Flame to Smoke by Celandine Brandybuck

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Summary: What happens when an eternal bond goes awry? Melpomaen finds himself in Imladris without Haldir; angst and lots of it. Adult themes and sexual references but nothing graphic.
Rating: Teenage Audience [Reviews - 0]
Category: FPS, FPS > Figwit/Haldir, FPS > Haldir/Figwit
Characters: Figwit (Melpomaen), Haldir of Lothlórien
Type: None
Warning: Angst, AU
Challenge: None
Series: None
Chapter: 1 | Completed: Yes | Words: 7925 | Read: 1122
Published: December 20, 2011 | Updated: December 20, 2011


Story notes: _Benn_ (pl. _binn_) and _bess_ (pl. _biss_) are the Sindarin words that mean "man" and "woman" respectively, in the general sense, not referring specifically to mortal Men. I use them to indicate a male Elf or a female Elf when I feel that the English terms might be misleading. I also attribute certain properties to _lembas_ that are not attested to by Tolkien; for that and other reasons this story should be considered AU. It is in essence bookverse, however, not filmverse; thus Haldir does not fight at Helm's Deep, and Melpomaen (though of course borrowed from the film of FotR originally) neither appears at the Council of Elrond nor escorts Arwen to the Havens. There are cameos by several other familiar figures, however. I hope that the present story stands on its own despite its strong connections to tales earlier told.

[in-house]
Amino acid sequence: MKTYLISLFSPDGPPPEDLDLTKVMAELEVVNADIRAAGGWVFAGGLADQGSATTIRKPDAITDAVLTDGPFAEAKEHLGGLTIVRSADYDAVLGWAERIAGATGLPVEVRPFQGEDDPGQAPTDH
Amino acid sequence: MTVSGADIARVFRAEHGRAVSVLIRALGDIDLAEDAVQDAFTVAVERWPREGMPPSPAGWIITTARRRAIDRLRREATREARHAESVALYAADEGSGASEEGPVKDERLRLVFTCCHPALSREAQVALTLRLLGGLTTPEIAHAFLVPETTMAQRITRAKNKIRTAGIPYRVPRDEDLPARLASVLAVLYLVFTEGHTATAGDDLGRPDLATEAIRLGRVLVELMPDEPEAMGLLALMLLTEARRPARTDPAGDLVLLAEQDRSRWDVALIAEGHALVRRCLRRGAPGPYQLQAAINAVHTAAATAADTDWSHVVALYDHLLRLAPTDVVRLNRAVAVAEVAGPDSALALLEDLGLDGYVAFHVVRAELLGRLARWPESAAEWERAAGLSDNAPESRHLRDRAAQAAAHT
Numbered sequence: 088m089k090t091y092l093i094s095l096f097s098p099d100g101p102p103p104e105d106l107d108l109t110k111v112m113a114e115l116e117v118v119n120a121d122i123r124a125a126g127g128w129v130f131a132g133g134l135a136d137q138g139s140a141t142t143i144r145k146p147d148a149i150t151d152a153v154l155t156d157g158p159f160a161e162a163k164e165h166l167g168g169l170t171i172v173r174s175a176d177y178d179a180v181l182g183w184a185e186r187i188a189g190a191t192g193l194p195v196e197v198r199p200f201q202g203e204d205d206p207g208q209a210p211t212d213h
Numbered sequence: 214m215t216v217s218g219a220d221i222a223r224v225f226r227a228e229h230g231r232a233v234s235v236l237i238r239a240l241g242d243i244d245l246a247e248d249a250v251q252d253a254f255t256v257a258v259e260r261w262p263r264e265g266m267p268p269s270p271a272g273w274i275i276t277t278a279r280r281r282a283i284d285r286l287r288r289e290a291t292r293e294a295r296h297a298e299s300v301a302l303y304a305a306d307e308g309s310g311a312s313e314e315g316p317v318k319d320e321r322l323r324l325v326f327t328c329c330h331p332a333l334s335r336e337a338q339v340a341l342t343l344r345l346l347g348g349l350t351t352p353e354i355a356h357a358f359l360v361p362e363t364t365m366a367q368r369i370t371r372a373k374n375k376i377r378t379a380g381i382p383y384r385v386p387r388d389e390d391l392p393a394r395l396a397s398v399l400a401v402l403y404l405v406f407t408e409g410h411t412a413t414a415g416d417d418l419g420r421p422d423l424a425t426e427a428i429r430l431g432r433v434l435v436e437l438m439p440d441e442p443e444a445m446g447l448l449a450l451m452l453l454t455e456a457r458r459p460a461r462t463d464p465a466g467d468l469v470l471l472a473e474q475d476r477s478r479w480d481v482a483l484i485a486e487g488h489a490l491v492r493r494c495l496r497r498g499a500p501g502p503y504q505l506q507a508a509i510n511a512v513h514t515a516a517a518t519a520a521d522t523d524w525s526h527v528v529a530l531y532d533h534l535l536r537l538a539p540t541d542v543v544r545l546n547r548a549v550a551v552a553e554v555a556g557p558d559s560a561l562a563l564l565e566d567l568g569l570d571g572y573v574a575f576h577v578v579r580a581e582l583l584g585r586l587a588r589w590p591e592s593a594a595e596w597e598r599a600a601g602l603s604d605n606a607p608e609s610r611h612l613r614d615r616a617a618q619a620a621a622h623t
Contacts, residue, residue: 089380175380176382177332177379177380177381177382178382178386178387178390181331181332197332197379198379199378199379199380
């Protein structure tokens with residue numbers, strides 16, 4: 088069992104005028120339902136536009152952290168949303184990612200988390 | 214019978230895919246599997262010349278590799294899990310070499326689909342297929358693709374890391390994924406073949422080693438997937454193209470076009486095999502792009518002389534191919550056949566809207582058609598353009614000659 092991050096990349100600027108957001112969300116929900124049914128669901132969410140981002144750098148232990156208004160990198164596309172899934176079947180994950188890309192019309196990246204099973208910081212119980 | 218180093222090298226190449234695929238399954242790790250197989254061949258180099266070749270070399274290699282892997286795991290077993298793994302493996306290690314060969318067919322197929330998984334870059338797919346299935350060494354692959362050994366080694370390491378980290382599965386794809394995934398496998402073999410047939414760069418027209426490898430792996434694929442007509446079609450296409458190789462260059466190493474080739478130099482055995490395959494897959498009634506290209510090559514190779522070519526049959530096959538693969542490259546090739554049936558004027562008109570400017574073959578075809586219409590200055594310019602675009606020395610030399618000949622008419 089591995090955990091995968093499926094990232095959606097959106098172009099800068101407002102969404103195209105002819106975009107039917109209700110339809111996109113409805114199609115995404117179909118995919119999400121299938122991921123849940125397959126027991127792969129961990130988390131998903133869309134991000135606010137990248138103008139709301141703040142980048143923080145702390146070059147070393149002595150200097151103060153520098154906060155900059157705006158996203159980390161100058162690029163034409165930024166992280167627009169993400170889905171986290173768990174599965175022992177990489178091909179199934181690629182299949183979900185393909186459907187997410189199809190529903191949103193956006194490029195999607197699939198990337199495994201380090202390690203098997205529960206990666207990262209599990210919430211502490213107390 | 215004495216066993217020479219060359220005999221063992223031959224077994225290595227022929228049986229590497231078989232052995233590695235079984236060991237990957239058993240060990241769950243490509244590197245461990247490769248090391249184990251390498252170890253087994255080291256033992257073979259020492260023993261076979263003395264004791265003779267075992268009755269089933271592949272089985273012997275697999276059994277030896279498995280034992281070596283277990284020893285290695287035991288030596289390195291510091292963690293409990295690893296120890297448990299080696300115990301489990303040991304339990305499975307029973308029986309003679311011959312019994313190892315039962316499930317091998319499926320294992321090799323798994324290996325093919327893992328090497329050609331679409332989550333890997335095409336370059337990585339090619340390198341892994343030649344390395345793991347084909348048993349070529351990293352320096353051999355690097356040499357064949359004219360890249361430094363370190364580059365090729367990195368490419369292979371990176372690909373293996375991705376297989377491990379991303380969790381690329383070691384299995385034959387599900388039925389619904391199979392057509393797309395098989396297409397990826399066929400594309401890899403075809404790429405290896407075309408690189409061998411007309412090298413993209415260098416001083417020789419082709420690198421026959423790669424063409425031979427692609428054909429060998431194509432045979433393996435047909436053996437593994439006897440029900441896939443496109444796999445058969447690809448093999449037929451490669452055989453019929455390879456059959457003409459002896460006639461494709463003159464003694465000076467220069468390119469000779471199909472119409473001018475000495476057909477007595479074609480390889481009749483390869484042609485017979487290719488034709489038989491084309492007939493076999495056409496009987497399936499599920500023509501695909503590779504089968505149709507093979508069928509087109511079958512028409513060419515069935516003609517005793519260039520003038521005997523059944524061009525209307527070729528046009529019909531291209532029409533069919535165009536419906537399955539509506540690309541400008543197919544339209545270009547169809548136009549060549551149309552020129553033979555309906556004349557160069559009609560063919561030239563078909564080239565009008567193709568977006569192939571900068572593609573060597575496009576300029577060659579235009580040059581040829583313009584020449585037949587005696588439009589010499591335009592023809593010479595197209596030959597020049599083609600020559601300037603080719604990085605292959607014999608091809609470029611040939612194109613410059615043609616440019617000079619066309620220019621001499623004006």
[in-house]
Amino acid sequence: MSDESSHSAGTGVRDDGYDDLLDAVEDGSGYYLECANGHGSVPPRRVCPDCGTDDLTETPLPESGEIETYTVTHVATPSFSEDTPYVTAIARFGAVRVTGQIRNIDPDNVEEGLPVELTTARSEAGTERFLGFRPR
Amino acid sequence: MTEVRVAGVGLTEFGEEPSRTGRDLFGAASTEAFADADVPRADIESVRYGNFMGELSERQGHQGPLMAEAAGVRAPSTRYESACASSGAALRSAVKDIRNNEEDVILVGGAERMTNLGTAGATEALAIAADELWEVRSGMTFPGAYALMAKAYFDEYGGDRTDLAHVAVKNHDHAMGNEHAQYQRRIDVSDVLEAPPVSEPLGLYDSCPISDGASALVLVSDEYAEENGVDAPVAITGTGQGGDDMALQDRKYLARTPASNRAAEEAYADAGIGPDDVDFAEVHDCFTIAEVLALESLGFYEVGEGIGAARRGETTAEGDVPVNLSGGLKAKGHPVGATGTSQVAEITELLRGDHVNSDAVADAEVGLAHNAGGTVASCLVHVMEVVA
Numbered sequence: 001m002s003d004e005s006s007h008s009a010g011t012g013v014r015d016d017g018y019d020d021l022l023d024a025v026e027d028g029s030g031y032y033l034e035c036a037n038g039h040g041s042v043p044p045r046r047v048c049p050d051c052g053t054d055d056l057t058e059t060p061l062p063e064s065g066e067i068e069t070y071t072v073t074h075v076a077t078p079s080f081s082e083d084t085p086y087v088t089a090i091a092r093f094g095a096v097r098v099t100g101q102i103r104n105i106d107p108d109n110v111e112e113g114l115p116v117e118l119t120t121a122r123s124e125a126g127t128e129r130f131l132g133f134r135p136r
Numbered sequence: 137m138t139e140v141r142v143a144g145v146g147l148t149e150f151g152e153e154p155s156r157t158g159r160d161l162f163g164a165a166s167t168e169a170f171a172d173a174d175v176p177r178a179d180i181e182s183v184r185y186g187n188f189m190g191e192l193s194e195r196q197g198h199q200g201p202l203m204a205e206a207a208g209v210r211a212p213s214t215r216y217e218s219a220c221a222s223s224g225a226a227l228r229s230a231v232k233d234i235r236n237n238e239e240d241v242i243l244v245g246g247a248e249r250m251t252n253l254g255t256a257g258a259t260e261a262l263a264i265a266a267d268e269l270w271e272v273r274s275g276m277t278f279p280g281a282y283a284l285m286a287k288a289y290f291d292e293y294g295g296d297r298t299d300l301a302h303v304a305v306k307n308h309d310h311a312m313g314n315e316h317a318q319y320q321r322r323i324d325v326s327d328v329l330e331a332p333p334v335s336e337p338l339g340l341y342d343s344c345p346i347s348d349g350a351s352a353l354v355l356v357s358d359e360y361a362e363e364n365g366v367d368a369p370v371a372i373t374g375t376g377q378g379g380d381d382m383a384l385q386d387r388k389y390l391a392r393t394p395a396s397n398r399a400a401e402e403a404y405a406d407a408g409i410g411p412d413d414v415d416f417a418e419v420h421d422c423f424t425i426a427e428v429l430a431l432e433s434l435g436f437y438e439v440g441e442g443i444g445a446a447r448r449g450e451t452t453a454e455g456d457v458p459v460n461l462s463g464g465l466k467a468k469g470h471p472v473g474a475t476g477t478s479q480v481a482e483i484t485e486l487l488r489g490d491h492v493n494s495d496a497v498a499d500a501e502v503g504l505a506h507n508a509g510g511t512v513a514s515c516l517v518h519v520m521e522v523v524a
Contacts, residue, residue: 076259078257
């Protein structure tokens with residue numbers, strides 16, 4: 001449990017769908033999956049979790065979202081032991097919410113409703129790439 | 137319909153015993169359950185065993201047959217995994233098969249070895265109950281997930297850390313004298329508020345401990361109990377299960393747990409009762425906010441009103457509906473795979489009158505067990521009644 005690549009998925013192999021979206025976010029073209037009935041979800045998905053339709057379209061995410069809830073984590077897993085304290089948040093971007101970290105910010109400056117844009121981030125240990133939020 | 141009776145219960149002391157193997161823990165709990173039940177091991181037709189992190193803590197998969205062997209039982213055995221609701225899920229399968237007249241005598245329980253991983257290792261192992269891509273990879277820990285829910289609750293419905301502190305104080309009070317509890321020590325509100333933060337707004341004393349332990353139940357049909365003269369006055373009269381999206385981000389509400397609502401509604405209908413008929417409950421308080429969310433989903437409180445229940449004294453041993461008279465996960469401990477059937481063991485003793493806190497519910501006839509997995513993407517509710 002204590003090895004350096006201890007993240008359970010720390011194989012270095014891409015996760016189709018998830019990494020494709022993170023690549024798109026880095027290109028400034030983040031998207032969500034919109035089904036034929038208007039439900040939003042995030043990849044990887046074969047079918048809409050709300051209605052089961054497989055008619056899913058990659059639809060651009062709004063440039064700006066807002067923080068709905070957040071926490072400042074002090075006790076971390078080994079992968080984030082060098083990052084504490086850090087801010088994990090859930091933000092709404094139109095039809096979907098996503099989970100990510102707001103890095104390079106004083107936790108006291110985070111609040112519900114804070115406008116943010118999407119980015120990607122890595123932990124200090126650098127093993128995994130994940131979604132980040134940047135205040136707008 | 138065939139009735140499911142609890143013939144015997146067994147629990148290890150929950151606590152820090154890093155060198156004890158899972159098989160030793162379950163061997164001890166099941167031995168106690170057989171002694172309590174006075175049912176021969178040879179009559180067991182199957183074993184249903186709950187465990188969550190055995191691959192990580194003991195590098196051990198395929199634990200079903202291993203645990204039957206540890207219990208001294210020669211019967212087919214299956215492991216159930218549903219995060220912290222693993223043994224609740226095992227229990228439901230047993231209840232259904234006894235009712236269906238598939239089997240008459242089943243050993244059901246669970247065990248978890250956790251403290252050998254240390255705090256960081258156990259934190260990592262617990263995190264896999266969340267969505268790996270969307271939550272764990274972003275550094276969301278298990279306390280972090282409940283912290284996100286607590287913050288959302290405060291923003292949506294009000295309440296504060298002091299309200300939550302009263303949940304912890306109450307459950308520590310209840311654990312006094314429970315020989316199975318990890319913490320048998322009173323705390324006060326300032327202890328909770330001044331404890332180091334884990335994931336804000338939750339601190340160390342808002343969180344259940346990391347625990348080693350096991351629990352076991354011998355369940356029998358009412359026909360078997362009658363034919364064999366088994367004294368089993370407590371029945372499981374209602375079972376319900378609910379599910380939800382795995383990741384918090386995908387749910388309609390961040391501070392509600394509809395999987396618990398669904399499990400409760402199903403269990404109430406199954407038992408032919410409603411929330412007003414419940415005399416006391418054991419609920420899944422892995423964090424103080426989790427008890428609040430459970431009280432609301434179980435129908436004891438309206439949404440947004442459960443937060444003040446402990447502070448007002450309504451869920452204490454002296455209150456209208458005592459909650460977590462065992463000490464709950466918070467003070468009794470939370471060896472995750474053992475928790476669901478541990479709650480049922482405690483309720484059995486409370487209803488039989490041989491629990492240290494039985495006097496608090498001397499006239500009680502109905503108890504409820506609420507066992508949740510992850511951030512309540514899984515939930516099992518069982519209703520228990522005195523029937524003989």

The last line is a paraphrase of Ruth 1:16-17, and Melpomaen did say it to Haldir quite early on in their partnership, as related in _Passages_. A _yén_ is 144 years of the sun. _Meldanya_ is the Quenya word meaning "my beloved," which I choose to use in preference to Sindarin as an adopted endearment, probably brought in by Galadriel and Celeborn when they came to Lothlórien. Bilbo, incidentally, insisted that he ought to have a few moments, since most of the story takes place in his adopted home of Rivendell, though I tried to tell him he was a distraction from the main story. You know how stubborn Hobbits can be, as bad as Dwarves in their way. And, oh yes. The title is a quote from Shakespeare.

1. Chapter 1 by Celandine Brandybuck [Reviews - 0] (7925 words)